After that decided to make a climb up the fire escape that ran up the back of the Samuel R. Smith Infirmary, the heart of the old buildings on Castleton. We made our way up the stairs trying to keep as quiet as possible. It didn't make us invisible. Half way up to the third floor we heard an amplified voice yelling at us to "Get down from there!" We obliged and were down and out the hole in the fence in nothing flat. Again we stayed away for months.

We did keep an eye on the place, looking for any changes. Eventually we noticed that the dog cage was gone. We went around back again but the window was sealed. We came back a few hours later with a homemade grappling hook hoping to get up on the back of a low roofed part of the newer hospital building. It didn't work and we didn't get in.


Again we kept our eyes on the place and soon there weren't anymore guards. The buildings, a little more than a year after closing, had simply been abandoned. It was the time for a full on expedition. On Columbus Day 1980 we took the chance and snuck into the old Staten Island Hospital.

The party consisted of me, Jim D., Jesse B. and Alex R., the same group that would go into the Silver Lake Reservoir some months later. We had flashlights, ropes, pocket knives and matches. I can't imagine what anyone seeing us walk over Cebra Avenue to Castleton would have thought of us but no one so much as glanced at us.

We started by going around back like in all our other efforts. We made sure no cars were on Webster and went through the fence hole. We were hoping we could find an open door or at least a window we could break without being seen. We found a door pretty quickly and were soon in the building. We decided to just wander around and eventually make our way to the roof of the new building. Alex. R.'s would be our guide as he knew his way around the place. His father was a medical person and had worked in the place for years before it closed.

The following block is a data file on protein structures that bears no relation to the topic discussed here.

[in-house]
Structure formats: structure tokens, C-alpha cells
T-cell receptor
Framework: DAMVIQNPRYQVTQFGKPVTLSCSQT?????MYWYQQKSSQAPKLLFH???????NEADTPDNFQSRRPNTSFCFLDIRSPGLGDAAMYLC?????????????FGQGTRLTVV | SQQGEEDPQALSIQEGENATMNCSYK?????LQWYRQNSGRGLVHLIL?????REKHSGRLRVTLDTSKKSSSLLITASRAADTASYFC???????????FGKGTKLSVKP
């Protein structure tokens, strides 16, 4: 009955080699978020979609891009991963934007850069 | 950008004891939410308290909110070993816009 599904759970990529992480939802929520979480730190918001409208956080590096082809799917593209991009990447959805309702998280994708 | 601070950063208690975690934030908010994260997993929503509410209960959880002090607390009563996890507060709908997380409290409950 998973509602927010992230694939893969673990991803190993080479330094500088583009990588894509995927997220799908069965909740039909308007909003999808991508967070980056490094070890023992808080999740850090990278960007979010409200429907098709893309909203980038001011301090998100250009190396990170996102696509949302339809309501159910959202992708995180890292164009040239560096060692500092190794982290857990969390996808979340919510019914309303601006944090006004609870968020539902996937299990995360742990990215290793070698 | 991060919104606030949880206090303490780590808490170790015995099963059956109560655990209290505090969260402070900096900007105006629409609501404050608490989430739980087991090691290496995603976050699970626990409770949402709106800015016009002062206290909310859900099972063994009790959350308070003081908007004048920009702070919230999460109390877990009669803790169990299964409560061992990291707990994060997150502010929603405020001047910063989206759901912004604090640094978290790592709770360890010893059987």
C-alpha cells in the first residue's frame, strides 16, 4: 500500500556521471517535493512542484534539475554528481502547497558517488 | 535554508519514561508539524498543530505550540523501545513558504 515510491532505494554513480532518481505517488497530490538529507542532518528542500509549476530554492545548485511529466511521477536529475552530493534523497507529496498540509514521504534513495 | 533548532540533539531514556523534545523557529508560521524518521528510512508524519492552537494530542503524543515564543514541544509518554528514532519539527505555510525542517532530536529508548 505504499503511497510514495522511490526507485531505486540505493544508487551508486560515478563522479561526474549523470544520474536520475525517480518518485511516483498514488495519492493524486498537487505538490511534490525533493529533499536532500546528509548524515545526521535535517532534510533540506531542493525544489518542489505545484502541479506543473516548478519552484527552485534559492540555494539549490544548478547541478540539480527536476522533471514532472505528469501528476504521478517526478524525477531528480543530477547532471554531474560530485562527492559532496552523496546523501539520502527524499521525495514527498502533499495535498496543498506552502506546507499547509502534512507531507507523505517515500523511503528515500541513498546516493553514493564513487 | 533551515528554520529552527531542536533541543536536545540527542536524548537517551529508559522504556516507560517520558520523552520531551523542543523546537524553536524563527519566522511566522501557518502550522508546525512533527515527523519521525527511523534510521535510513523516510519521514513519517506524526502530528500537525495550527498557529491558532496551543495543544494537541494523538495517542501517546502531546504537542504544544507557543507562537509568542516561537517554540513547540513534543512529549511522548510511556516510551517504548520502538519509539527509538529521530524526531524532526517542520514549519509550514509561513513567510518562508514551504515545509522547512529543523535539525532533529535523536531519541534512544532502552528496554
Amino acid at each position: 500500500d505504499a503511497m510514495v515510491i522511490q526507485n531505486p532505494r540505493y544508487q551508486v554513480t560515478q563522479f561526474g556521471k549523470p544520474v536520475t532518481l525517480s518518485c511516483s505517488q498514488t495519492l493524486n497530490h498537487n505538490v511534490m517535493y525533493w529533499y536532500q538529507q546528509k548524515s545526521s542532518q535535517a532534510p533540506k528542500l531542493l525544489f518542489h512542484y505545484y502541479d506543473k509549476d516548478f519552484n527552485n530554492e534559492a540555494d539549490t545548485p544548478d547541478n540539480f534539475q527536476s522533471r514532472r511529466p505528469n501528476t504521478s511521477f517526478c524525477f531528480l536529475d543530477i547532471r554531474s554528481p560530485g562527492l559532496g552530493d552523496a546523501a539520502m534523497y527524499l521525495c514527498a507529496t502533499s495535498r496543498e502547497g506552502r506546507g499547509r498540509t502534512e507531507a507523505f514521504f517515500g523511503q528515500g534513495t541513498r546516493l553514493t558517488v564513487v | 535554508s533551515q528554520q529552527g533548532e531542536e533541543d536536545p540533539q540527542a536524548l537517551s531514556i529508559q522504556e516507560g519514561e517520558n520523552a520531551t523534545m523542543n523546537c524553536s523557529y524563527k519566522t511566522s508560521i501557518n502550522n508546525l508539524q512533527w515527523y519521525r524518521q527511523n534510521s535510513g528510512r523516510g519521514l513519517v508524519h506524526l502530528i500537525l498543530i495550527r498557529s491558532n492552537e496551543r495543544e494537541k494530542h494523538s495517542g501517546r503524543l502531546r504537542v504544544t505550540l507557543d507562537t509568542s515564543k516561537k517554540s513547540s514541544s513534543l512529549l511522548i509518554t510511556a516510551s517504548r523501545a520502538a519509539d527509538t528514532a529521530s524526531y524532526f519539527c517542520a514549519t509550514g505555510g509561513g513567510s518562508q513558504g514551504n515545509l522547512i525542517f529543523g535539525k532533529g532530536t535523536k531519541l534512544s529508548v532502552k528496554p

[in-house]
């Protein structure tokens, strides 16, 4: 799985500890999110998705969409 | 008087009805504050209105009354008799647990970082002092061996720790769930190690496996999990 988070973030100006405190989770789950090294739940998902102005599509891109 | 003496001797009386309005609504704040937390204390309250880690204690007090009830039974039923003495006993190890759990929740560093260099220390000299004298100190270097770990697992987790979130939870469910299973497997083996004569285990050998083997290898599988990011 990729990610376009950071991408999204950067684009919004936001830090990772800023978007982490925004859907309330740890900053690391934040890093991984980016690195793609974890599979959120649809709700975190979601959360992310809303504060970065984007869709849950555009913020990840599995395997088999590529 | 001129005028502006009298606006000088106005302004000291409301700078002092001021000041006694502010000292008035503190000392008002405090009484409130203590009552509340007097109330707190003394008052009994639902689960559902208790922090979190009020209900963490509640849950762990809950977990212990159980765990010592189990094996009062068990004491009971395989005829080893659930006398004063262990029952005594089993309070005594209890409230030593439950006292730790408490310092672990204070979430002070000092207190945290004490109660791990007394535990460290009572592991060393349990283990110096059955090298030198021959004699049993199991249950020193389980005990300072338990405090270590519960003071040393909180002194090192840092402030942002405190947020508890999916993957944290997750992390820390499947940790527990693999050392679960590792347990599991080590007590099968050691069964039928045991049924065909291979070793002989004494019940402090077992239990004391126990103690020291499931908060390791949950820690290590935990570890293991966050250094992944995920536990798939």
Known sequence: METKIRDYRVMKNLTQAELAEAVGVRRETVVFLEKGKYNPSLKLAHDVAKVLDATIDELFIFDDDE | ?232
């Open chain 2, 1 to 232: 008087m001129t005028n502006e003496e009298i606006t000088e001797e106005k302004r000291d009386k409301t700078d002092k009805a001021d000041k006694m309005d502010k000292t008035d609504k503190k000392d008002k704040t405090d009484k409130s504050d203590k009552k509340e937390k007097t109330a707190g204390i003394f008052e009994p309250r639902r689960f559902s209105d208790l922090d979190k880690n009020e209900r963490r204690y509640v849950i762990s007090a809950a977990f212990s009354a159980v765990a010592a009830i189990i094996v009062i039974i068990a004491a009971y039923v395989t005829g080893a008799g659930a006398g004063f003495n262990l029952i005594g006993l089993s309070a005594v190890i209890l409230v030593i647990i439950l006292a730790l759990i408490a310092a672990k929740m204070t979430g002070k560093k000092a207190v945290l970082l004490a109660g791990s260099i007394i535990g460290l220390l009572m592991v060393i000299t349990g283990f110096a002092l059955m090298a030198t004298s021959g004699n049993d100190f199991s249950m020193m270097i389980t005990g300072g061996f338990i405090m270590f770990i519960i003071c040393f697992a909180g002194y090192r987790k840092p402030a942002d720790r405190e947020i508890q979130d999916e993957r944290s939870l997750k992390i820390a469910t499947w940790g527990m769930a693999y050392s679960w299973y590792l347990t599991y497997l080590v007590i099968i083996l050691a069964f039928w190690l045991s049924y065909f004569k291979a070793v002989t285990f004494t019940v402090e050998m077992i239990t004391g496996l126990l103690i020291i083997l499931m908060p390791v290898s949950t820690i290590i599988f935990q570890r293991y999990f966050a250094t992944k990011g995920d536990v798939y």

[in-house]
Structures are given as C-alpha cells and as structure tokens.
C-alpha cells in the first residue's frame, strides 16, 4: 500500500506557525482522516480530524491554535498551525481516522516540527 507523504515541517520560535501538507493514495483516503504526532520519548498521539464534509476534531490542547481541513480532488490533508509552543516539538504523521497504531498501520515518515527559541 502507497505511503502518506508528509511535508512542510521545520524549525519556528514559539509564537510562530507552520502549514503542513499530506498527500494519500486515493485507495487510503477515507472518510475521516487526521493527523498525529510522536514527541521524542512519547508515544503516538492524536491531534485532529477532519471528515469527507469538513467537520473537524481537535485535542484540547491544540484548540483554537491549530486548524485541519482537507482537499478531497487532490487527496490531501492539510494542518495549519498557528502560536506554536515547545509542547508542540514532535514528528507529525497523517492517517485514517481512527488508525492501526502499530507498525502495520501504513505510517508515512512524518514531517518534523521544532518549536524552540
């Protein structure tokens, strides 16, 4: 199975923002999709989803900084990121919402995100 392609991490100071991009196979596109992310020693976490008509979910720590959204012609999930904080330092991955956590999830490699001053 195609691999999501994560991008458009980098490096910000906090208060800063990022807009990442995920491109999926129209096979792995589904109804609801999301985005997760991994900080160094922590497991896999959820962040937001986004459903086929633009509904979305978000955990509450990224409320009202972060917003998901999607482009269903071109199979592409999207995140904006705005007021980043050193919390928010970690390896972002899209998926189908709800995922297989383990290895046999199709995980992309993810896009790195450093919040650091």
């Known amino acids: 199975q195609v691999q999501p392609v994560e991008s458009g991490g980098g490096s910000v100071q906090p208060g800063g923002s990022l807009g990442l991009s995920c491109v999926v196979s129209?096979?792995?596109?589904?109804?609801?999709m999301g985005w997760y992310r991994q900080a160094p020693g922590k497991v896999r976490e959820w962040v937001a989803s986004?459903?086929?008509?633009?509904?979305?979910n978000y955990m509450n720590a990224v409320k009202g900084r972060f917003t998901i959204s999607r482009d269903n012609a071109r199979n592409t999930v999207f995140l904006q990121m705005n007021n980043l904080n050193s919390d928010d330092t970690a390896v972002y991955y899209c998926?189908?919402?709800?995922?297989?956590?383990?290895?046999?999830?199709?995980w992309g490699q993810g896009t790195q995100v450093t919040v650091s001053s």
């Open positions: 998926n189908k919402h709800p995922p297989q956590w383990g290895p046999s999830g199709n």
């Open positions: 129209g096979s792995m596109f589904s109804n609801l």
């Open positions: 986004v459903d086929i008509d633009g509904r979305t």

We wandered around the first floor for some time just seeing what was to be seen. It was obvious that anything left behind by the hospital move had since been stolen if it had any value. Copper wire and light fixtures had been ripped out and removed. Door knobs, switch panels and sink fixtures were all gone. That hadn't been the case a few months earlier. It also meant that people other than us had been watching for changes in the security arrangements. It meant we had to be cautious.

Alex decided to take us into the older buildings. He said there was an underground passage in the basement that would be cool to use. We went down stairs, flashlights casting thin illumination into the tunnel's utter blackness, and started walking. When Alex started telling us that the tunnel was for moving bodies around I admit I just wanted to get out back into the light. A few minutes later we were.